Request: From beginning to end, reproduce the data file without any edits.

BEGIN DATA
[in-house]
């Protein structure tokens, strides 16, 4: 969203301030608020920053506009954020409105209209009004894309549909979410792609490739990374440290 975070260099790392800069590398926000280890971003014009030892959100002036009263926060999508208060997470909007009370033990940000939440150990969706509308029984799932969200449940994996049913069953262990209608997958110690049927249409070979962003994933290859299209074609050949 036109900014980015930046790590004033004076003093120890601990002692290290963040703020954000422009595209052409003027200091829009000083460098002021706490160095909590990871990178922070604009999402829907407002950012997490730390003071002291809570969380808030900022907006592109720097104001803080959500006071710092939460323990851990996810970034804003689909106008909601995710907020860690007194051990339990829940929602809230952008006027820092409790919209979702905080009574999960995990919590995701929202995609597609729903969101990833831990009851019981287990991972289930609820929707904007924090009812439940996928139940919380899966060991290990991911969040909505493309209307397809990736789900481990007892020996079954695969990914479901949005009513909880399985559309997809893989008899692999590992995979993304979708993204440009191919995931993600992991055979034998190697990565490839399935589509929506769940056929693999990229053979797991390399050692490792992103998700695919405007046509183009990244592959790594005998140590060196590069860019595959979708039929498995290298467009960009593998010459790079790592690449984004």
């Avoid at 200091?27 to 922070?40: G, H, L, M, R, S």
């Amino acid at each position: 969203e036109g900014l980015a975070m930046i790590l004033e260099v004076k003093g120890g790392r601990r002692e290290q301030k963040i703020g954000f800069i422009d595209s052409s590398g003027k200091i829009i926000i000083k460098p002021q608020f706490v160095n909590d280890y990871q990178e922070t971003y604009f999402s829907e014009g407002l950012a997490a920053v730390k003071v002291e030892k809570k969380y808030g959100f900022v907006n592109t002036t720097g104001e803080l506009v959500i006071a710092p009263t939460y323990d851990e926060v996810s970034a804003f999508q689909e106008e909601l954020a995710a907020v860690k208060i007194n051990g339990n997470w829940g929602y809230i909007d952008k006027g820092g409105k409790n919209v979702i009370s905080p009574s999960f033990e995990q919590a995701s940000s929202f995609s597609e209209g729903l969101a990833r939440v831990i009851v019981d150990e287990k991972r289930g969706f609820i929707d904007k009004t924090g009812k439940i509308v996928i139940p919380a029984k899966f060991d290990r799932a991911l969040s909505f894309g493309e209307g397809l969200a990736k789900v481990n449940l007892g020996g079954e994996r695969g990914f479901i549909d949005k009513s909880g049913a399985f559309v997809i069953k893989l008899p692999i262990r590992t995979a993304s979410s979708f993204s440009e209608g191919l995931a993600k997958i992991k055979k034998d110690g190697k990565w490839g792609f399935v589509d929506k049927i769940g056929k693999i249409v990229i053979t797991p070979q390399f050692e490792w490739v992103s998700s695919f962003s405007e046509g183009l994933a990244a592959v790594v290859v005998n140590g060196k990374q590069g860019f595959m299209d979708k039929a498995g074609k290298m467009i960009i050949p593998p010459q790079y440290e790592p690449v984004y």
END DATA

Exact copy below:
[in-house]
């Protein structure tokens, strides 16, 4: 969203301030608020920053506009954020409105209209009004894309549909979410792609490739990374440290 975070260099790392800069590398926000280890971003014009030892959100002036009263926060999508208060997470909007009370033990940000939440150990969706509308029984799932969200449940994996049913069953262990209608997958110690049927249409070979962003994933290859299209074609050949 036109900014980015930046790590004033004076003093120890601990002692290290963040703020954000422009595209052409003027200091829009000083460098002021706490160095909590990871990178922070604009999402829907407002950012997490730390003071002291809570969380808030900022907006592109720097104001803080959500006071710092939460323990851990996810970034804003689909106008909601995710907020860690007194051990339990829940929602809230952008006027820092409790919209979702905080009574999960995990919590995701929202995609597609729903969101990833831990009851019981287990991972289930609820929707904007924090009812439940996928139940919380899966060991290990991911969040909505493309209307397809990736789900481990007892020996079954695969990914479901949005009513909880399985559309997809893989008899692999590992995979993304979708993204440009191919995931993600992991055979034998190697990565490839399935589509929506769940056929693999990229053979797991390399050692490792992103998700695919405007046509183009990244592959790594005998140590060196590069860019595959979708039929498995290298467009960009593998010459790079790592690449984004």
């Avoid at 200091?27 to 922070?40: G, H, L, M, R, S």
């Amino acid at each position: 969203e036109g900014l980015a975070m930046i790590l004033e260099v004076k003093g120890g790392r601990r002692e290290q301030k963040i703020g954000f800069i422009d595209s052409s590398g003027k200091i829009i926000i000083k460098p002021q608020f706490v160095n909590d280890y990871q990178e922070t971003y604009f999402s829907e014009g407002l950012a997490a920053v730390k003071v002291e030892k809570k969380y808030g959100f900022v907006n592109t002036t720097g104001e803080l506009v959500i006071a710092p009263t939460y323990d851990e926060v996810s970034a804003f999508q689909e106008e909601l954020a995710a907020v860690k208060i007194n051990g339990n997470w829940g929602y809230i909007d952008k006027g820092g409105k409790n919209v979702i009370s905080p009574s999960f033990e995990q919590a995701s940000s929202f995609s597609e209209g729903l969101a990833r939440v831990i009851v019981d150990e287990k991972r289930g969706f609820i929707d904007k009004t924090g009812k439940i509308v996928i139940p919380a029984k899966f060991d290990r799932a991911l969040s909505f894309g493309e209307g397809l969200a990736k789900v481990n449940l007892g020996g079954e994996r695969g990914f479901i549909d949005k009513s909880g049913a399985f559309v997809i069953k893989l008899p692999i262990r590992t995979a993304s979410s979708f993204s440009e209608g191919l995931a993600k997958i992991k055979k034998d110690g190697k990565w490839g792609f399935v589509d929506k049927i769940g056929k693999i249409v990229i053979t797991p070979q390399f050692e490792w490739v992103s998700s695919f962003s405007e046509g183009l994933a990244a592959v790594v290859v005998n140590g060196k990374q590069g860019f595959m299209d979708k039929a498995g074609k290298m467009i960009i050949p593998p010459q790079y440290e790592p690449v984004y």